Black History Month: African-Americans contributing to the ChurchChurch Vitality Inclusivity Social Justice
African-Americans are a vital part of the tapestry of The United Methodist Church. They have played important roles in the development of the denomination in the United States since 1758.
A service of appreciation at the 2004 General Conference celebrated African-American contributions, witness and presence within the denomination and recognized “those who stayed” in spite of racism.
Today Black Methodists for Church Renewal represents more than 2,400 black United Methodist congregations and approximately 500,000 African-American members in the United States.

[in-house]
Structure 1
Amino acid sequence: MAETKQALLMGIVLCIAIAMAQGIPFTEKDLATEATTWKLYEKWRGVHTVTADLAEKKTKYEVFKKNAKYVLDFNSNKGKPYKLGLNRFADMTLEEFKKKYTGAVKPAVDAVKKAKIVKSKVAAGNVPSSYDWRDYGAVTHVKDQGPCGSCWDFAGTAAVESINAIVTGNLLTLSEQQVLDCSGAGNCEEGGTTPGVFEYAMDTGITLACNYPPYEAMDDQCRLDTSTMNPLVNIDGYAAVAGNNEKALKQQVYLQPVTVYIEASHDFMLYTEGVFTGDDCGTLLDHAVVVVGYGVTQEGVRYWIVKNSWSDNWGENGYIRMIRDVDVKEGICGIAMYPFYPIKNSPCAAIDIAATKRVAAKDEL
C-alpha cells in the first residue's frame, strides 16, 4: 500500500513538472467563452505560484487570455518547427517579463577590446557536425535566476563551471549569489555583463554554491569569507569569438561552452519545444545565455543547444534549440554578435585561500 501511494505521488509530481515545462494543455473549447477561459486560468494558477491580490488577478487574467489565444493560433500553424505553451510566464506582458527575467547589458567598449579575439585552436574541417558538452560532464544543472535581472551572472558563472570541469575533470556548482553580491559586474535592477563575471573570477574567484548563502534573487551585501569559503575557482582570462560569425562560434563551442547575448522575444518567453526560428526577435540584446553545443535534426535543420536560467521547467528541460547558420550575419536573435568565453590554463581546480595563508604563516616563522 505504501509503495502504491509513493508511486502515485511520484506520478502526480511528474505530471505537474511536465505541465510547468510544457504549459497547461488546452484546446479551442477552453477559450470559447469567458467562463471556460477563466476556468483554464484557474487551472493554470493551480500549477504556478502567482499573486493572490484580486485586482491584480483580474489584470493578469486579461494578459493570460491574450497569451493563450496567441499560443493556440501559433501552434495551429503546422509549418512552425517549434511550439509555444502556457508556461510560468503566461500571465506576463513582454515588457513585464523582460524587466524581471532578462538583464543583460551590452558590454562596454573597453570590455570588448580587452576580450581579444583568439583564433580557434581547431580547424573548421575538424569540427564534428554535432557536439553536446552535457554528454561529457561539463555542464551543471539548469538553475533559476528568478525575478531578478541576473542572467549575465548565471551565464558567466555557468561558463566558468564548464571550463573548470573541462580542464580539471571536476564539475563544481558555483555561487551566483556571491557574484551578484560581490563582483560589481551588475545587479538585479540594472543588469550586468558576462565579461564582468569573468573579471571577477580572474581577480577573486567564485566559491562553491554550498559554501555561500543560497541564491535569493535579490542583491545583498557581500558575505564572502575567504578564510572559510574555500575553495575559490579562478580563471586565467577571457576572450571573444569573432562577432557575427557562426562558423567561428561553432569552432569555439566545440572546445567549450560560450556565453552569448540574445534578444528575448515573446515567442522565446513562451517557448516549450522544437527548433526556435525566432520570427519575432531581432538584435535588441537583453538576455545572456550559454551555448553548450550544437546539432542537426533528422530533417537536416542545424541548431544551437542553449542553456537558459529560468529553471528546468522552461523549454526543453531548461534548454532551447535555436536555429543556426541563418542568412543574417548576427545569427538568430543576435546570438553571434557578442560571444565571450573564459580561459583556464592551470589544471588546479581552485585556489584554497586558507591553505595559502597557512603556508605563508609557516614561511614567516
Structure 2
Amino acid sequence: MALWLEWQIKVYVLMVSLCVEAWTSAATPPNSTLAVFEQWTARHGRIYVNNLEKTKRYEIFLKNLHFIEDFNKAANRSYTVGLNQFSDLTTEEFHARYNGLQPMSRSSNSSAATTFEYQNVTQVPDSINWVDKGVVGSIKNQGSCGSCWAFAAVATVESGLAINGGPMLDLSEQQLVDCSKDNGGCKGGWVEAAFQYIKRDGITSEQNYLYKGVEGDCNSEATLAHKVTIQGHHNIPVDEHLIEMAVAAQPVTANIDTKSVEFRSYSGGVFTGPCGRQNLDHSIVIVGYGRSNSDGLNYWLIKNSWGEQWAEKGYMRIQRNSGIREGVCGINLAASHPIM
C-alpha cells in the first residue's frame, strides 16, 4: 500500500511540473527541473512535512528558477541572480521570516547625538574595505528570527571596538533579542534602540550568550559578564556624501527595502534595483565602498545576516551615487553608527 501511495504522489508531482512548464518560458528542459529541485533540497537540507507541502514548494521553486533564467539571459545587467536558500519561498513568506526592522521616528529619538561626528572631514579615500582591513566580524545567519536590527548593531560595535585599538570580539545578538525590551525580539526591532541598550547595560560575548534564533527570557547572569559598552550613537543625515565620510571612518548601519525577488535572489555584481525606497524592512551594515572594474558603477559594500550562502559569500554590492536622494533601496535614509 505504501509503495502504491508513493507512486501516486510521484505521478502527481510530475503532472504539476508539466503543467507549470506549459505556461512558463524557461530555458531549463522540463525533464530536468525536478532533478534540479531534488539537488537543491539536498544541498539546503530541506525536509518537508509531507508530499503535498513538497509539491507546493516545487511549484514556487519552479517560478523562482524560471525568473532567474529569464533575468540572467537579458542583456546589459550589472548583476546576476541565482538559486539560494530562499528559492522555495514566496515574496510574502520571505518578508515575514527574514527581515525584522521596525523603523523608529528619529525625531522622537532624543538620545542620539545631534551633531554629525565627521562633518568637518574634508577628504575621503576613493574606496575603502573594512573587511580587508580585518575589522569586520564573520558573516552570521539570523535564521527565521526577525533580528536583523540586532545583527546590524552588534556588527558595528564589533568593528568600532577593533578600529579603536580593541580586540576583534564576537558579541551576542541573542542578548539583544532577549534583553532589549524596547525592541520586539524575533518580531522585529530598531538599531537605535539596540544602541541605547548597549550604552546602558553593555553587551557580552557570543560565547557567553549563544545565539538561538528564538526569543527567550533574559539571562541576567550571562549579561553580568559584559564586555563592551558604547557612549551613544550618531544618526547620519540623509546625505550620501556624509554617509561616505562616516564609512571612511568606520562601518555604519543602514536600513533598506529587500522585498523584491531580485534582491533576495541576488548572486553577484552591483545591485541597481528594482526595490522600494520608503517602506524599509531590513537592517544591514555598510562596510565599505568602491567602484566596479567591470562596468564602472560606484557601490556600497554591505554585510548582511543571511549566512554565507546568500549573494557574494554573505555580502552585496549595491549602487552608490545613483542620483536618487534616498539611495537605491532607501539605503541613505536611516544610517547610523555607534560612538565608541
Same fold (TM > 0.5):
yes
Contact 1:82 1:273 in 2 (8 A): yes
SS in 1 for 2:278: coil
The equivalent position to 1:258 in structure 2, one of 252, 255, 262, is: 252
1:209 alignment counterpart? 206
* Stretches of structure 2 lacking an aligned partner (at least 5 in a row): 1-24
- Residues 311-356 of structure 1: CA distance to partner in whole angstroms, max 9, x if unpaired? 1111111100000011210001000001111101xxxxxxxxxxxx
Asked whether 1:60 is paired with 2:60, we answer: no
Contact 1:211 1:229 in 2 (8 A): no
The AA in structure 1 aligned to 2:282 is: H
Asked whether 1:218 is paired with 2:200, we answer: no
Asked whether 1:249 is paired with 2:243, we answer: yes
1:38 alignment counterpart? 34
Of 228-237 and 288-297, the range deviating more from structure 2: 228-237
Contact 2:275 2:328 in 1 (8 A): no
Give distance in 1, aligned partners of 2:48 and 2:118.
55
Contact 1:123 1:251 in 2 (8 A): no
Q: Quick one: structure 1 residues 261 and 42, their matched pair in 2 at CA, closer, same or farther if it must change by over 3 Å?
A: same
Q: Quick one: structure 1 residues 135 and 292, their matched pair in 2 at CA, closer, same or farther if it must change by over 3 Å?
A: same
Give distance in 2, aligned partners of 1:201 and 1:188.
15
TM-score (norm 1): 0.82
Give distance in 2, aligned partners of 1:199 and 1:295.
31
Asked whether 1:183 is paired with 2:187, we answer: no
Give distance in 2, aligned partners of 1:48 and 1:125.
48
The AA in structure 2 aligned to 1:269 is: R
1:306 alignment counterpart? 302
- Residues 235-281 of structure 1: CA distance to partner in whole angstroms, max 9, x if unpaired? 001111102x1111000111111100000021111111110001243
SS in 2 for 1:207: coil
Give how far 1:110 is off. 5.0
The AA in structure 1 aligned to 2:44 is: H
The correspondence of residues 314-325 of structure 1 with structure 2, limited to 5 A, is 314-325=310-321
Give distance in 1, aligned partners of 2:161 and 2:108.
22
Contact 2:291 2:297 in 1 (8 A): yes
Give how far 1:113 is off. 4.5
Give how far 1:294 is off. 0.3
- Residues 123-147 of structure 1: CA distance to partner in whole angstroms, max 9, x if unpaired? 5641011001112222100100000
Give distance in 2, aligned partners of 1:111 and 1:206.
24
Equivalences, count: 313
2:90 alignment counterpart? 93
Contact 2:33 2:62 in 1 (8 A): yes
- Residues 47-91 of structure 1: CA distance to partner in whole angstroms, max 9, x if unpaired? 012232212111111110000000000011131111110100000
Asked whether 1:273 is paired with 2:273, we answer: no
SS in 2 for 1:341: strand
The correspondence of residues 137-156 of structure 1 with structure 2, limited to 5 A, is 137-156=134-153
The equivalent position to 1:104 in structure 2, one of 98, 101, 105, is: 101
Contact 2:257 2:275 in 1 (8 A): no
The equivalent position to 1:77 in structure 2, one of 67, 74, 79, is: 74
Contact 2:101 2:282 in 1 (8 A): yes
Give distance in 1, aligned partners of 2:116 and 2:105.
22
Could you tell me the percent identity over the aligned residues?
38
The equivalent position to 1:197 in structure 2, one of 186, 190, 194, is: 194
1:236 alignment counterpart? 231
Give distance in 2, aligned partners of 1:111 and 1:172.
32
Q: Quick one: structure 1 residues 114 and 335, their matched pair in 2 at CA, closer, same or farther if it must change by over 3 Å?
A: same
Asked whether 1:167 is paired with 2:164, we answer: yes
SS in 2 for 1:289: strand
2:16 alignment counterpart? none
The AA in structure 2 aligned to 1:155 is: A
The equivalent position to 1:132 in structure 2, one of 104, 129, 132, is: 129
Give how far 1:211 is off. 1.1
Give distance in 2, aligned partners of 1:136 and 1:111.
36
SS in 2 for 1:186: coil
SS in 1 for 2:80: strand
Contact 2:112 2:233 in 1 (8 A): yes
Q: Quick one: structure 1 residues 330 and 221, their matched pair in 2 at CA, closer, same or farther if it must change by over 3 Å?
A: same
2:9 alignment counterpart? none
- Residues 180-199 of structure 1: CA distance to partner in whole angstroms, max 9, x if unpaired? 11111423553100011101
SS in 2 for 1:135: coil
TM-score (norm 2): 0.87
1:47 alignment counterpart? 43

Click here for a large selection of materials available for celebrating and honoring Black History Month.
- Commentary: Hope is the flame that must carry us forward
- Developing a Culture of Voting: Now that We Can, Can We?
- Manatee churches come together for racial and social justice
- "I try to say yes when it comes to meeting needs in the community"
- A Call for Justice and Action in "Celebration" of Hispanic Heritage Month